Intel unveiled its credit card-sized Compute Card at CES earlier this year, and now at Computex, the company has brought us up to speed on the available SKUs and the release date.
The Compute Card comes packed with the full functionality of a standard computer, including an SoC, connectivity, storage, and memory in one slim device. The device slots into a range of devices from laptops, tablets, and AIOs to interactive refrigerators and IoT gateways. The devices can be ejected and replaced, thus decoupling compute from the device and allowing for easy upgrades as the card evolves into more powerful variants. That could also make for interesting new laptop platforms with longer shelf lives.
|7th Gen Intel Core i5 vPro (i5-7Y57)||7th Gen Intel Core i3 (m3-7Y30)||Pentium N4200 ||Celeron N3450|
|Memory||4GB DDR3||4GB DDR3||4GB DDR3||4GB DDR3|
|Storage||128GB Intel SSD||128GB Intel SSD||64GB eMMC||64GB eMMC|
|Connectivity||Intel Wireless-AC 8265 (2×2 .11ac & Bluetooth 4.2)||Intel Wireless-AC 8265 (2×2 .11ac & Bluetooth 4.2)||Intel Wireless-AC 7265 (2×2 .11ac & Bluetooth 4.2)||Intel Wireless-AC 7265 (2×2 .11ac & Bluetooth 4.2)|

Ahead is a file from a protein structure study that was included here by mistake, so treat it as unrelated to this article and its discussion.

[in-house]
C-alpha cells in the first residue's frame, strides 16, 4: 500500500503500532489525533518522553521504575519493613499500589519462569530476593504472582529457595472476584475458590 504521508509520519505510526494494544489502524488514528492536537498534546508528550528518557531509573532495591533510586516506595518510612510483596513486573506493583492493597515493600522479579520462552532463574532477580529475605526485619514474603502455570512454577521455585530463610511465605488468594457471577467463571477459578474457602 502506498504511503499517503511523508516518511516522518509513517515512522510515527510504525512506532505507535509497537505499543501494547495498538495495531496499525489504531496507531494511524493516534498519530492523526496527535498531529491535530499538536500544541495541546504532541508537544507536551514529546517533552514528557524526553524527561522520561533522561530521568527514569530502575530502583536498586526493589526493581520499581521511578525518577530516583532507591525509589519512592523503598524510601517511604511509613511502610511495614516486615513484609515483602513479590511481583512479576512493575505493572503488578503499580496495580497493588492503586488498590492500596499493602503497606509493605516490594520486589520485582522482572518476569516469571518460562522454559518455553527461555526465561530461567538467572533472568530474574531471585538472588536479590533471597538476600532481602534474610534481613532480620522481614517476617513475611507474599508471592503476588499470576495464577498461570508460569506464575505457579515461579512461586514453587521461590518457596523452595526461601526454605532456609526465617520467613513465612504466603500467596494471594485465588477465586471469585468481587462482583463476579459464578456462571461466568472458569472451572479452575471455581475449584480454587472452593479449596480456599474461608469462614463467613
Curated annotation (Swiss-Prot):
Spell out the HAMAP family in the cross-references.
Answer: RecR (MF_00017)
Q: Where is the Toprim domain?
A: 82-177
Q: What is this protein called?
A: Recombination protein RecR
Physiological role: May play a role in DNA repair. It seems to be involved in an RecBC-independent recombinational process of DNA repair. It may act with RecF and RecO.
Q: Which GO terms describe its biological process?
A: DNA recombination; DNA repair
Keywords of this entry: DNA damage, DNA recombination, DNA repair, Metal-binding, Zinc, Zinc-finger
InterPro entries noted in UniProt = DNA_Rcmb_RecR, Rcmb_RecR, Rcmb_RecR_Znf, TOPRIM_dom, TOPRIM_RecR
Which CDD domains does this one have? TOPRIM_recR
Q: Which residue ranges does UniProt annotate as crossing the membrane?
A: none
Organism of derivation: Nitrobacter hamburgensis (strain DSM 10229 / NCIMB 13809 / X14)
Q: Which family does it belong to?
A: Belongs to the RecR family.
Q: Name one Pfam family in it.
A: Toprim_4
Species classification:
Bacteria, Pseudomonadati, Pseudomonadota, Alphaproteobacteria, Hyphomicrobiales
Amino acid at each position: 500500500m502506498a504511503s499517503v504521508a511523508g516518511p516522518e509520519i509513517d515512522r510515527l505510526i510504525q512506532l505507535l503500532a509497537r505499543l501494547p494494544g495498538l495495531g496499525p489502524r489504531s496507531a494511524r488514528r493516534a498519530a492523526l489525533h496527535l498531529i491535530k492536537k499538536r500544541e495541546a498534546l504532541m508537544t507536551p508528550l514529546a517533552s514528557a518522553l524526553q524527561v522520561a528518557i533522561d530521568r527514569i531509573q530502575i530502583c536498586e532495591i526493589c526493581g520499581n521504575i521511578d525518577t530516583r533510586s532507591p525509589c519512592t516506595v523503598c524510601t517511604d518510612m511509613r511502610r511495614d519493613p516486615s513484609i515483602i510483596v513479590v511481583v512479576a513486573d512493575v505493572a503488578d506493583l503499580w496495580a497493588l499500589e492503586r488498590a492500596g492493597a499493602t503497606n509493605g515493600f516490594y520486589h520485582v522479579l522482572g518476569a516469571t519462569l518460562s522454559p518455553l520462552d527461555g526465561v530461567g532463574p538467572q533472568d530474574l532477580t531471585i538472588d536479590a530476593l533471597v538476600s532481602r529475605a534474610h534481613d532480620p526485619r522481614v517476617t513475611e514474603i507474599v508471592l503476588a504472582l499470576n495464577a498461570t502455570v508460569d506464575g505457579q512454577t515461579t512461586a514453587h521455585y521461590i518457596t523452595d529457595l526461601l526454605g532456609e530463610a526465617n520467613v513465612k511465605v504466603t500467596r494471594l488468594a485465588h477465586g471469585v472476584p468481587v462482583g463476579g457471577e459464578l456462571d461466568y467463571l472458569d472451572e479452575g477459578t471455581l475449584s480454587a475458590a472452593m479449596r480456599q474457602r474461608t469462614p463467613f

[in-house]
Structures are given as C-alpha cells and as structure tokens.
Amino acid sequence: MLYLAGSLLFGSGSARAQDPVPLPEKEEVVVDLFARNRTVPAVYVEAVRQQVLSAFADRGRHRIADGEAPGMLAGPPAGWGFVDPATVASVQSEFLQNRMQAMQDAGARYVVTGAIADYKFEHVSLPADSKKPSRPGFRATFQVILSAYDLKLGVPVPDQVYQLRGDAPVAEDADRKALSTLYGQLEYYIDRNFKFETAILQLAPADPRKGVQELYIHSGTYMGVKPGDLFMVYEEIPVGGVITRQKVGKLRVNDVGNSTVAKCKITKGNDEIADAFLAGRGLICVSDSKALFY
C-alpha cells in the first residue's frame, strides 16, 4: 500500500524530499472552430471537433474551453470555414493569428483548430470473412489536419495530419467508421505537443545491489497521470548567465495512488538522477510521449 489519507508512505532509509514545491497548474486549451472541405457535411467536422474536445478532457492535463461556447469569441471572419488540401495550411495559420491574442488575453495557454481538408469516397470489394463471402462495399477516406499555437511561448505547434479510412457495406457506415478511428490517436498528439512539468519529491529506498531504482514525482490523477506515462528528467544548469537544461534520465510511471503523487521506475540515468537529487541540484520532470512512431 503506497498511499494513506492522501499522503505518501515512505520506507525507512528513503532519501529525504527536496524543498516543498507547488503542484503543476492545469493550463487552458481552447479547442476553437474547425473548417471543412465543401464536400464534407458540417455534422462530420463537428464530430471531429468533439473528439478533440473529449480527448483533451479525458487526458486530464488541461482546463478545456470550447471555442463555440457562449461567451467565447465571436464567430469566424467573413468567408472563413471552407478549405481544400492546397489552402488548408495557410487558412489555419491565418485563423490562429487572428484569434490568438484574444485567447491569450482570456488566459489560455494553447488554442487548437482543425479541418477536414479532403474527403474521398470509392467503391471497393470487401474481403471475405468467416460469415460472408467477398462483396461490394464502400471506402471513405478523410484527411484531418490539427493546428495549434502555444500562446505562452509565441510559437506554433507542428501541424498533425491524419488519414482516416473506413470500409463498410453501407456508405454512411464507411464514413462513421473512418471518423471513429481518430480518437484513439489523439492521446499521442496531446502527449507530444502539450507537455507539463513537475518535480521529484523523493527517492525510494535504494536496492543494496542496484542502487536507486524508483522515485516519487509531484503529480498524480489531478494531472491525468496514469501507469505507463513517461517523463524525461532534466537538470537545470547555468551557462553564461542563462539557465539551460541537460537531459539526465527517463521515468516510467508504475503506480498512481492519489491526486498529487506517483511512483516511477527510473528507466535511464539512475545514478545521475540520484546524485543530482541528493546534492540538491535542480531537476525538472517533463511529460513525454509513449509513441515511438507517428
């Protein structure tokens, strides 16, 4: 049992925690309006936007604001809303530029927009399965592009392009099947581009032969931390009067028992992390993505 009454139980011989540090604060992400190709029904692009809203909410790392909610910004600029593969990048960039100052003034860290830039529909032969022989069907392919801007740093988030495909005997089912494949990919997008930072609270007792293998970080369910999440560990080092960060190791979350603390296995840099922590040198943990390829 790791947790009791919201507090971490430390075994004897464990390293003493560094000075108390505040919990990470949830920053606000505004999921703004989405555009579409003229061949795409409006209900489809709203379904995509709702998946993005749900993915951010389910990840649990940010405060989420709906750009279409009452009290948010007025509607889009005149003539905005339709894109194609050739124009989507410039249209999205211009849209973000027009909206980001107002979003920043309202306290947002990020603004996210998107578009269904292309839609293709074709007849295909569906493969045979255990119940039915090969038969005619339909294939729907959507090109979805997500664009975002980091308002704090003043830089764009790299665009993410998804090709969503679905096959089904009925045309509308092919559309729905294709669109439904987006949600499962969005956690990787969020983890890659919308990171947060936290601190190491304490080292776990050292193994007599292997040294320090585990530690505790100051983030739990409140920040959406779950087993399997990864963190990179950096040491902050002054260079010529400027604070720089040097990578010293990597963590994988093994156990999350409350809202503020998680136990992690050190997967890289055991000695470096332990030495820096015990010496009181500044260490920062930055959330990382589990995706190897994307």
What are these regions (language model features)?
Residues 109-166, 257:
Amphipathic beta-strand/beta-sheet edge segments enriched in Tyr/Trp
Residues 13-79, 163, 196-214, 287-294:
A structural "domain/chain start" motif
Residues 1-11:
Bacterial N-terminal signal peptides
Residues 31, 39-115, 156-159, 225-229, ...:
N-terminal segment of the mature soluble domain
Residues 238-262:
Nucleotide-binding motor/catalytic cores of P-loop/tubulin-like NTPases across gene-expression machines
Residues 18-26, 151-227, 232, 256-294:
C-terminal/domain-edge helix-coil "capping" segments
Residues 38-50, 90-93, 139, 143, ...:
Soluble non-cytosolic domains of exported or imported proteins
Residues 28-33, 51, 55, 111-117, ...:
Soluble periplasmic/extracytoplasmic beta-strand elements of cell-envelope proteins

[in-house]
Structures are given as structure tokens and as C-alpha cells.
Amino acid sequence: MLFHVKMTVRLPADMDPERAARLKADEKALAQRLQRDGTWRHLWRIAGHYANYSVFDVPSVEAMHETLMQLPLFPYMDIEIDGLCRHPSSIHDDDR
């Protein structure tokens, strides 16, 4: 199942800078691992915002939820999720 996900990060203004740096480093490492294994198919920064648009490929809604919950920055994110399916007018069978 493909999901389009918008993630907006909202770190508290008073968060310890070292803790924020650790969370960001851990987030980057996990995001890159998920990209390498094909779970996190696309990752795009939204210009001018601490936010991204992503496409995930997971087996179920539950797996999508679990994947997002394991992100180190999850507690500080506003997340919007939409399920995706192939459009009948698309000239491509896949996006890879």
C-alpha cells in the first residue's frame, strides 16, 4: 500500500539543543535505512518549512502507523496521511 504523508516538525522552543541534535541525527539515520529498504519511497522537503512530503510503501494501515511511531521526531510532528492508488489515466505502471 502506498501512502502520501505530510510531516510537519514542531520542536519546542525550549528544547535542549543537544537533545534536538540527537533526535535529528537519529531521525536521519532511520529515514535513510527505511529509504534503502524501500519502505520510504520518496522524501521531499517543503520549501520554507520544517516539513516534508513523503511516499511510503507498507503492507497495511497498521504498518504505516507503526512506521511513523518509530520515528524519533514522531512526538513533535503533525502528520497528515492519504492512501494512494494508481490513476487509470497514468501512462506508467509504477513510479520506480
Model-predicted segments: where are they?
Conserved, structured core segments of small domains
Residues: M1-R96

The Compute Card family offers processors that span from Core to Celeron and come in four SKUs. Each respective product has varying compute, storage, and connectivity options, though the processor serves as the only differentiation between the two high-end options. Aside from listing the processors, Intel hasn't given us an indication of performance.
Intel has signed on a bevy of partners to develop new products that leverage the device, including Contec, ECS, Foxconn, LG Display, MoBits Electronics, NexDock, Sharp, Seneca, SMART Technologies, Suzhou Lehui Display, and TabletKiosk. Many of these partners will have products on display at Computex 2017. Dell, HP, and Lenovo are also working on new products, but have yet to reveal any of the end devices.
Intel also released its Compute Card Device Design Kit, which is a set of guides and reference designs that simplify and speed up the product development process.
In many ways Intel's Compute Card signifies the company's continued push for product diversification as it delves into IoT, automated driving, and other lucrative climes. In this case, its efforts also further its objectives in the mobility space, as we can expect new laptops and AIOs to come to market with the new cards installed. The Compute Card will begin shipping in August 2017, but Intel hasn't revealed pricing info.